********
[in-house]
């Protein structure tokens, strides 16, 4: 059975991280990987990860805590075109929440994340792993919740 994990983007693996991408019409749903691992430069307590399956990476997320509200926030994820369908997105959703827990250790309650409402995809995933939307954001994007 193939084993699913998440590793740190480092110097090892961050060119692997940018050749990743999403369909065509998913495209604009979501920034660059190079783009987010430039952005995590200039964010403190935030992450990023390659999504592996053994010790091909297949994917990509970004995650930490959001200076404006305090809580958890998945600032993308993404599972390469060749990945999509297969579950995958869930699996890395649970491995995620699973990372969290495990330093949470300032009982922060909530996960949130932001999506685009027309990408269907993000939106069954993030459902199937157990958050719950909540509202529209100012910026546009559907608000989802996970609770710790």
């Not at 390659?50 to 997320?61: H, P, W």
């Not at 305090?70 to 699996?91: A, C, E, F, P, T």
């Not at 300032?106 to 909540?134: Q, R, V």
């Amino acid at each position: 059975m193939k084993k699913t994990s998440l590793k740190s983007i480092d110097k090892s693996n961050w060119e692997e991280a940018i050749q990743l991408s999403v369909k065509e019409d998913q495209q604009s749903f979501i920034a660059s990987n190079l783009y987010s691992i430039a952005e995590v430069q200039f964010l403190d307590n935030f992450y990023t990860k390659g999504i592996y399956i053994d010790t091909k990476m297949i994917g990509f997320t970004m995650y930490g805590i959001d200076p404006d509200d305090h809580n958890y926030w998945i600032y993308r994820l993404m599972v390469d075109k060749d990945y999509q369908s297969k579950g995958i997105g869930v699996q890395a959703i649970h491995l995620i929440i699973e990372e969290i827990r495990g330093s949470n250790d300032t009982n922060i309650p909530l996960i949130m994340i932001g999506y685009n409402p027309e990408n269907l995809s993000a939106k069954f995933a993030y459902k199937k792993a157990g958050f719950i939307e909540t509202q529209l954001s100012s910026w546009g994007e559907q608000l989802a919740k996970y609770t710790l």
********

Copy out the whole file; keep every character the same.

[in-house]
């Protein structure tokens, strides 16, 4: 059975991280990987990860805590075109929440994340792993919740 994990983007693996991408019409749903691992430069307590399956990476997320509200926030994820369908997105959703827990250790309650409402995809995933939307954001994007 193939084993699913998440590793740190480092110097090892961050060119692997940018050749990743999403369909065509998913495209604009979501920034660059190079783009987010430039952005995590200039964010403190935030992450990023390659999504592996053994010790091909297949994917990509970004995650930490959001200076404006305090809580958890998945600032993308993404599972390469060749990945999509297969579950995958869930699996890395649970491995995620699973990372969290495990330093949470300032009982922060909530996960949130932001999506685009027309990408269907993000939106069954993030459902199937157990958050719950909540509202529209100012910026546009559907608000989802996970609770710790």
């Not at 390659?50 to 997320?61: H, P, W």
């Not at 305090?70 to 699996?91: A, C, E, F, P, T």
């Not at 300032?106 to 909540?134: Q, R, V």
């Amino acid at each position: 059975m193939k084993k699913t994990s998440l590793k740190s983007i480092d110097k090892s693996n961050w060119e692997e991280a940018i050749q990743l991408s999403v369909k065509e019409d998913q495209q604009s749903f979501i920034a660059s990987n190079l783009y987010s691992i430039a952005e995590v430069q200039f964010l403190d307590n935030f992450y990023t990860k390659g999504i592996y399956i053994d010790t091909k990476m297949i994917g990509f997320t970004m995650y930490g805590i959001d200076p404006d509200d305090h809580n958890y926030w998945i600032y993308r994820l993404m599972v390469d075109k060749d990945y999509q369908s297969k579950g995958i997105g869930v699996q890395a959703i649970h491995l995620i929440i699973e990372e969290i827990r495990g330093s949470n250790d300032t009982n922060i309650p909530l996960i949130m994340i932001g999506y685009n409402p027309e990408n269907l995809s993000a939106k069954f995933a993030y459902k199937k792993a157990g958050f719950i939307e909540t509202q529209l954001s100012s910026w546009g994007e559907q608000l989802a919740k996970y609770t710790l």